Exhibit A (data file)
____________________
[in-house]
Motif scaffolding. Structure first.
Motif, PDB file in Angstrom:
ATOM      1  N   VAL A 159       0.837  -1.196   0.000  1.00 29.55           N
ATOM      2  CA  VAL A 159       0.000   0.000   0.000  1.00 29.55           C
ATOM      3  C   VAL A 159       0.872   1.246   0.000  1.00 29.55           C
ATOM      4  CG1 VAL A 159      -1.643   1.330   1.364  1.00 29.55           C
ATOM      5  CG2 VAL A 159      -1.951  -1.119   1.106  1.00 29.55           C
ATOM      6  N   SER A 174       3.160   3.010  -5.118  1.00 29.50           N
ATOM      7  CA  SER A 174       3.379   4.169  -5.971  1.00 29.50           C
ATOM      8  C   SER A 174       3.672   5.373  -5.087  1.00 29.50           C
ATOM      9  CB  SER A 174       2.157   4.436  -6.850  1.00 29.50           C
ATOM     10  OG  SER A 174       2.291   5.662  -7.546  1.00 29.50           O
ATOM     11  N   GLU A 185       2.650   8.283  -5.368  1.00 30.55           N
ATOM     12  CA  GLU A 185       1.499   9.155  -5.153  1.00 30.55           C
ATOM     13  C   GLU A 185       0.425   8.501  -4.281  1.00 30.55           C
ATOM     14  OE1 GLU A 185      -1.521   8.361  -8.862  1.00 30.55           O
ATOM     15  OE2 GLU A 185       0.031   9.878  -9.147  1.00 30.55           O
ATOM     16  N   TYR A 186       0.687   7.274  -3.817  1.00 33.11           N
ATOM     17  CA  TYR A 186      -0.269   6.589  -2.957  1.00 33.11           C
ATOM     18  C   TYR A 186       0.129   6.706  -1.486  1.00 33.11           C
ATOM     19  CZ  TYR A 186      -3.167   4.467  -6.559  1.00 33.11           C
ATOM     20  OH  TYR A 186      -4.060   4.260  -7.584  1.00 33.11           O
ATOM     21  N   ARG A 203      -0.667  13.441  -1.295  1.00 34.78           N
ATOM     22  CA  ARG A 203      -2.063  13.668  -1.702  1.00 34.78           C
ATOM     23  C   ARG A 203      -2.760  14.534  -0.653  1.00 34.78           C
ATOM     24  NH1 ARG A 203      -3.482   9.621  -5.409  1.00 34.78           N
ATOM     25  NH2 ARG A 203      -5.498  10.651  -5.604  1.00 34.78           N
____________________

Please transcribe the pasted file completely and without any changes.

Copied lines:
[in-house]
Motif scaffolding. Structure first.
Motif, PDB file in Angstrom:
ATOM      1  N   VAL A 159       0.837  -1.196   0.000  1.00 29.55           N
ATOM      2  CA  VAL A 159       0.000   0.000   0.000  1.00 29.55           C
ATOM      3  C   VAL A 159       0.872   1.246   0.000  1.00 29.55           C
ATOM      4  CG1 VAL A 159      -1.643   1.330   1.364  1.00 29.55           C
ATOM      5  CG2 VAL A 159      -1.951  -1.119   1.106  1.00 29.55           C
ATOM      6  N   SER A 174       3.160   3.010  -5.118  1.00 29.50           N
ATOM      7  CA  SER A 174       3.379   4.169  -5.971  1.00 29.50           C
ATOM      8  C   SER A 174       3.672   5.373  -5.087  1.00 29.50           C
ATOM      9  CB  SER A 174       2.157   4.436  -6.850  1.00 29.50           C
ATOM     10  OG  SER A 174       2.291   5.662  -7.546  1.00 29.50           O
ATOM     11  N   GLU A 185       2.650   8.283  -5.368  1.00 30.55           N
ATOM     12  CA  GLU A 185       1.499   9.155  -5.153  1.00 30.55           C
ATOM     13  C   GLU A 185       0.425   8.501  -4.281  1.00 30.55           C
ATOM     14  OE1 GLU A 185      -1.521   8.361  -8.862  1.00 30.55           O
ATOM     15  OE2 GLU A 185       0.031   9.878  -9.147  1.00 30.55           O
ATOM     16  N   TYR A 186       0.687   7.274  -3.817  1.00 33.11           N
ATOM     17  CA  TYR A 186      -0.269   6.589  -2.957  1.00 33.11           C
ATOM     18  C   TYR A 186       0.129   6.706  -1.486  1.00 33.11           C
ATOM     19  CZ  TYR A 186      -3.167   4.467  -6.559  1.00 33.11           C
ATOM     20  OH  TYR A 186      -4.060   4.260  -7.584  1.00 33.11           O
ATOM     21  N   ARG A 203      -0.667  13.441  -1.295  1.00 34.78           N
ATOM     22  CA  ARG A 203      -2.063  13.668  -1.702  1.00 34.78           C
ATOM     23  C   ARG A 203      -2.760  14.534  -0.653  1.00 34.78           C
ATOM     24  NH1 ARG A 203      -3.482   9.621  -5.409  1.00 34.78           N
ATOM     25  NH2 ARG A 203      -5.498  10.651  -5.604  1.00 34.78           N